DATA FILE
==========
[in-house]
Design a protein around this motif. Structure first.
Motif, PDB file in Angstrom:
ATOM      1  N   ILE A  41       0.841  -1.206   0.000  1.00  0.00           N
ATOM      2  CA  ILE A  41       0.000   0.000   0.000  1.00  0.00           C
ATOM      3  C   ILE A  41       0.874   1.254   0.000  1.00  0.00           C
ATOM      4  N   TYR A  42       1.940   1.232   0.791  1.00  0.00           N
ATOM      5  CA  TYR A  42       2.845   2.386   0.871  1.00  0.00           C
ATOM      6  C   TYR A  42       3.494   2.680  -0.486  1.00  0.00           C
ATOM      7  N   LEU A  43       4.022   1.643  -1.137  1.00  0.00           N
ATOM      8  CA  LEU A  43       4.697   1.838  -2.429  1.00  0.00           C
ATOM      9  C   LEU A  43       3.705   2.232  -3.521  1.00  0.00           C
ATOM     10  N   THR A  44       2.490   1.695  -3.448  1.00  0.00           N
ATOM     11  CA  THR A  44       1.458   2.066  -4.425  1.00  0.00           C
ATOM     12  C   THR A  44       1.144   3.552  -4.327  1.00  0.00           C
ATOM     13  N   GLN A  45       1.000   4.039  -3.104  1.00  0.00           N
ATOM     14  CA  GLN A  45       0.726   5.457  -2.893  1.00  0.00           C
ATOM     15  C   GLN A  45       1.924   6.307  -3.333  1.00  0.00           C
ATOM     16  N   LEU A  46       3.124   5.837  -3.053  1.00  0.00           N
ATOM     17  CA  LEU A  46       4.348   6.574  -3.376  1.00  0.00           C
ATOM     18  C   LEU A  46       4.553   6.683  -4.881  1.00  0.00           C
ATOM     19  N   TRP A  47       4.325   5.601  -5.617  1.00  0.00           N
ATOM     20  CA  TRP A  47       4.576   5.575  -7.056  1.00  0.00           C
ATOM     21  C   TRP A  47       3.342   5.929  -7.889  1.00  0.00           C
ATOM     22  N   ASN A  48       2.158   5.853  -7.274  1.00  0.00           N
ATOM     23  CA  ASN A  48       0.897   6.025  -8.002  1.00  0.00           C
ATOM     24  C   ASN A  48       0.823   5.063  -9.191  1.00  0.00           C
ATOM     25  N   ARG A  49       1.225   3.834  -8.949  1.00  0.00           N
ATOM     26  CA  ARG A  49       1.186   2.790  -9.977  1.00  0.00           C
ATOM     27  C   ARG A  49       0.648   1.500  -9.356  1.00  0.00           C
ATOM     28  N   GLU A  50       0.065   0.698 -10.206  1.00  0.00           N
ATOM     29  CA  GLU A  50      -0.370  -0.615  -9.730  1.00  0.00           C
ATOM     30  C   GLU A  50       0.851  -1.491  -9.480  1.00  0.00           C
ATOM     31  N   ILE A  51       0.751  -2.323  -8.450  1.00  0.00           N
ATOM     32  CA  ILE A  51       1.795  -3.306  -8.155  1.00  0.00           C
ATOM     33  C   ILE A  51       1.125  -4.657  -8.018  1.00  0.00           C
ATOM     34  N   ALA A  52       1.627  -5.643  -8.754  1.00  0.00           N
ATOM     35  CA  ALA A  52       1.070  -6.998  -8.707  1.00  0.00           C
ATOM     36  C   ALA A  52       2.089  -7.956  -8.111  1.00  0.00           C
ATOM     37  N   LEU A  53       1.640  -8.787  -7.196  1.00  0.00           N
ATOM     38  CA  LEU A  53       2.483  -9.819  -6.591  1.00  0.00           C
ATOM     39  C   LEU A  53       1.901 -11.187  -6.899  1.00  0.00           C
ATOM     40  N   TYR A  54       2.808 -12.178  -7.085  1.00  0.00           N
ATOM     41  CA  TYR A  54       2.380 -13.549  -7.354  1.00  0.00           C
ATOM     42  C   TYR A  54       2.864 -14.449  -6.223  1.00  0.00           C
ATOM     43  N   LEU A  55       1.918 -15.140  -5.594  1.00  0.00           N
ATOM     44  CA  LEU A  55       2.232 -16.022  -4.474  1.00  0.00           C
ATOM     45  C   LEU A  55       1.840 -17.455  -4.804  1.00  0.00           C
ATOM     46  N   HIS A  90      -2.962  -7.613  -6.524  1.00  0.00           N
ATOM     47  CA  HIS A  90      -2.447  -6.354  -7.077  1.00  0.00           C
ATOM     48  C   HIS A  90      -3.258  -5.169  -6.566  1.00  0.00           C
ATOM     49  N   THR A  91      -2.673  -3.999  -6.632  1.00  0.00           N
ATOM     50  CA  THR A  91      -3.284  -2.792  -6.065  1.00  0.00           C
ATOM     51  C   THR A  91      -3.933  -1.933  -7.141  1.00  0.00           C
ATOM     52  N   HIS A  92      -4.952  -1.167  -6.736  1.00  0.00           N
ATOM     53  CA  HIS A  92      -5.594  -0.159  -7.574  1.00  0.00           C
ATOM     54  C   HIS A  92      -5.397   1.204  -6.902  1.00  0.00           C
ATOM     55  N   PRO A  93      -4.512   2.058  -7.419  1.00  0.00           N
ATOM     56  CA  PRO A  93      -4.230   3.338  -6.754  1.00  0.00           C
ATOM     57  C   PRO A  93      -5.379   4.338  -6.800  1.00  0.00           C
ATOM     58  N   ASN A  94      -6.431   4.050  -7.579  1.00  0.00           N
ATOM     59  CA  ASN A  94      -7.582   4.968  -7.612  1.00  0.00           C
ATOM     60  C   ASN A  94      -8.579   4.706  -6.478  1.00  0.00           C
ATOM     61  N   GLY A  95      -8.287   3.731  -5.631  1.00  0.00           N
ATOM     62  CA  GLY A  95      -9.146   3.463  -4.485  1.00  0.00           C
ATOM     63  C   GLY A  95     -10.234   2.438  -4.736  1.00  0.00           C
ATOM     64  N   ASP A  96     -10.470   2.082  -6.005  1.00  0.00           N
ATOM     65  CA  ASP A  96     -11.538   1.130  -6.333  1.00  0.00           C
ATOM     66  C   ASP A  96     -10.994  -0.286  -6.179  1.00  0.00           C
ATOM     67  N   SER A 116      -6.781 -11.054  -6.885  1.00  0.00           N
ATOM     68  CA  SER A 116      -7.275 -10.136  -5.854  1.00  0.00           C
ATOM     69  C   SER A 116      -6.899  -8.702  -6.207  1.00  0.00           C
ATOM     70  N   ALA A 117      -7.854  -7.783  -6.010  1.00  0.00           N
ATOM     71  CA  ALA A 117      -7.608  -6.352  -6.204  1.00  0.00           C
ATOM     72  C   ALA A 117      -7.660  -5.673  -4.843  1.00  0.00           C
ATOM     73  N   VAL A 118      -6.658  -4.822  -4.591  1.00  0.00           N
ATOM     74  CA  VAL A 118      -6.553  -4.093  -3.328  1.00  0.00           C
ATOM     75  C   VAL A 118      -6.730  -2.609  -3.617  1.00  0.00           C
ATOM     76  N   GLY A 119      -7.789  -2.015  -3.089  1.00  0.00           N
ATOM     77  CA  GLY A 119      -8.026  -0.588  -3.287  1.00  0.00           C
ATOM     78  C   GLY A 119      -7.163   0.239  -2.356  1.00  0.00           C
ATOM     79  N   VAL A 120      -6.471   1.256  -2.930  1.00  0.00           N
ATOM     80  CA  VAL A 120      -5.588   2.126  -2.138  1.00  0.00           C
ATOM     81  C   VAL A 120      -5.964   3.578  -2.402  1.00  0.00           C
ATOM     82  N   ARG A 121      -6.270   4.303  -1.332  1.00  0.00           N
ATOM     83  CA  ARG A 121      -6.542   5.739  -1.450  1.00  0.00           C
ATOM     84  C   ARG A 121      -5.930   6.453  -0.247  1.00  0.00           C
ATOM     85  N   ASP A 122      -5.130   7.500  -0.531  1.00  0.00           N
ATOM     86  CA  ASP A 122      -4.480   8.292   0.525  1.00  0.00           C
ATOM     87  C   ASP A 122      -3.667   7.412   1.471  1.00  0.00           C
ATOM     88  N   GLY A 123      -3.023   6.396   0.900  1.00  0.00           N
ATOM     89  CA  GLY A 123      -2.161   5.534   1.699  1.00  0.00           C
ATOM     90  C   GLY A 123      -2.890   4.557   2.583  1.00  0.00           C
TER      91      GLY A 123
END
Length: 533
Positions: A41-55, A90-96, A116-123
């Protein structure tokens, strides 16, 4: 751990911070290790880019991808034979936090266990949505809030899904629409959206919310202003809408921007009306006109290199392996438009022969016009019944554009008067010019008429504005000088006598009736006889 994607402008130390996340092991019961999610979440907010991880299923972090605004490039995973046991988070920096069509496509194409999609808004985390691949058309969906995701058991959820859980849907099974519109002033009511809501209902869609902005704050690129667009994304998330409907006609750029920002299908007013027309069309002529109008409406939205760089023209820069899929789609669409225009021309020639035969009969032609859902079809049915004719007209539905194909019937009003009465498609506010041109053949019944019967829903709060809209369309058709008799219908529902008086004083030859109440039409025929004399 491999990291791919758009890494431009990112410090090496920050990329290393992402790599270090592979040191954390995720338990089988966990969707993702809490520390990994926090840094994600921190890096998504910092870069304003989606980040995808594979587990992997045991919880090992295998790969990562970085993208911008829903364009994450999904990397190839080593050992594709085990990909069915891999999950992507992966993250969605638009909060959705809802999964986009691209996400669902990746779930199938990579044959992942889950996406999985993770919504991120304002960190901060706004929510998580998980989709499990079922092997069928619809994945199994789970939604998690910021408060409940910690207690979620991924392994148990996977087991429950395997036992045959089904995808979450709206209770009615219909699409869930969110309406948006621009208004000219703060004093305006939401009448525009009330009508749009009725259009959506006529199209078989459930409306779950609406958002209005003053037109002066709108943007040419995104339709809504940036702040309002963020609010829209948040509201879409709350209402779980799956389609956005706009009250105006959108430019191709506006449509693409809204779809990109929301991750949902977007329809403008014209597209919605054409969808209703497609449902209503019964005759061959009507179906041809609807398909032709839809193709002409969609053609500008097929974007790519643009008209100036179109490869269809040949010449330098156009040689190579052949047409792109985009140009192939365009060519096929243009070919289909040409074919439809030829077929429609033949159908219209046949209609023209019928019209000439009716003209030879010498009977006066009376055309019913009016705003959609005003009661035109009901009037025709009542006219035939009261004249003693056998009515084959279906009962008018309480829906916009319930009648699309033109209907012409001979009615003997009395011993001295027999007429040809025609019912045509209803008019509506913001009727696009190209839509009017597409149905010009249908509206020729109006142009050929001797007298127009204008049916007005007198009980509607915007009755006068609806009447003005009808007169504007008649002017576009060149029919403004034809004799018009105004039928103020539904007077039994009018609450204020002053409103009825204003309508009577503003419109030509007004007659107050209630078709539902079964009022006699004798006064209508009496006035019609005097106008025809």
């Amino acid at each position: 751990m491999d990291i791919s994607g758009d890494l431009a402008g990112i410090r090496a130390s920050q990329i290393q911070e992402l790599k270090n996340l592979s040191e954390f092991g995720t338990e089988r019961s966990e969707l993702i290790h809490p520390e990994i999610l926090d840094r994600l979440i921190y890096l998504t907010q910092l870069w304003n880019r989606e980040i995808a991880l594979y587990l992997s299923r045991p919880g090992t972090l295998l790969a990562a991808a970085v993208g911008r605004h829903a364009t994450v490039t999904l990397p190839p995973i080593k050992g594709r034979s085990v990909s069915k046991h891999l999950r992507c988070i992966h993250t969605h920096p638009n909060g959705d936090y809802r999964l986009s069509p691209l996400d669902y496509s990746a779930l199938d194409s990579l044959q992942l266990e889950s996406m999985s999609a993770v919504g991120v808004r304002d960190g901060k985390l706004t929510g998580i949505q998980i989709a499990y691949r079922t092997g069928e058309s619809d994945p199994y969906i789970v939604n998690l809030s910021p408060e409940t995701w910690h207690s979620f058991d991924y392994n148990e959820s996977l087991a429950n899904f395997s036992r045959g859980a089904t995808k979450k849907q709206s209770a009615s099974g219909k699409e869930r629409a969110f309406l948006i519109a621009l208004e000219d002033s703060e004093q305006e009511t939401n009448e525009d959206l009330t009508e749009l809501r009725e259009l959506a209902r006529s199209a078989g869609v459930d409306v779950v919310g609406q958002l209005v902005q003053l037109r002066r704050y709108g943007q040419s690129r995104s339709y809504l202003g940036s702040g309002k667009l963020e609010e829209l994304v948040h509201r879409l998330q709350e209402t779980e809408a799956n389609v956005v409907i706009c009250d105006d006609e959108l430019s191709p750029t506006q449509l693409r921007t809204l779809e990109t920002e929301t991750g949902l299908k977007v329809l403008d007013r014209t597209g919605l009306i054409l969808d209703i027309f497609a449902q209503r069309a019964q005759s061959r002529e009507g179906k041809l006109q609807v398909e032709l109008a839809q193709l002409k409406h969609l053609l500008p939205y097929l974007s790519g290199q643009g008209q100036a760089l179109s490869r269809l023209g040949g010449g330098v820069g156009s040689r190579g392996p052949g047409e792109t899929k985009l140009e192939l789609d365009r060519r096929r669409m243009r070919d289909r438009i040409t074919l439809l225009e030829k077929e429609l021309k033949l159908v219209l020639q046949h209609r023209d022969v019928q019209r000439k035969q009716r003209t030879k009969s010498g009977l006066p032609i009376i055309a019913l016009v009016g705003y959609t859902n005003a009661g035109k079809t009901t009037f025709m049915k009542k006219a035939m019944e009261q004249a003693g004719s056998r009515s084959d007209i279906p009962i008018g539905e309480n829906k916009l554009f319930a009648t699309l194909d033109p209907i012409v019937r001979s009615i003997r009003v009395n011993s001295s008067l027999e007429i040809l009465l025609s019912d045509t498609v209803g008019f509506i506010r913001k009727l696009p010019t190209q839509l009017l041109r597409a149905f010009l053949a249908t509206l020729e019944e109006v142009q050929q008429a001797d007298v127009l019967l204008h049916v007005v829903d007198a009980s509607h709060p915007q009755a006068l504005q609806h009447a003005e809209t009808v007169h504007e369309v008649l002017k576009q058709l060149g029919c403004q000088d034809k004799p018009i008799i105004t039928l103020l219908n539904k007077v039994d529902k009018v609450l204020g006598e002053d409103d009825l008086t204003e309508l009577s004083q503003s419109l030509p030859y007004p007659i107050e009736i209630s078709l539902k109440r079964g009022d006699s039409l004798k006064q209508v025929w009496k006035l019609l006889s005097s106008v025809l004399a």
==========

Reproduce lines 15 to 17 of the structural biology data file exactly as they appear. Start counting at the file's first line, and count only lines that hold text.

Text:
ATOM     12  C   THR A  44       1.144   3.552  -4.327  1.00  0.00           C
ATOM     13  N   GLN A  45       1.000   4.039  -3.104  1.00  0.00           N
ATOM     14  CA  GLN A  45       0.726   5.457  -2.893  1.00  0.00           C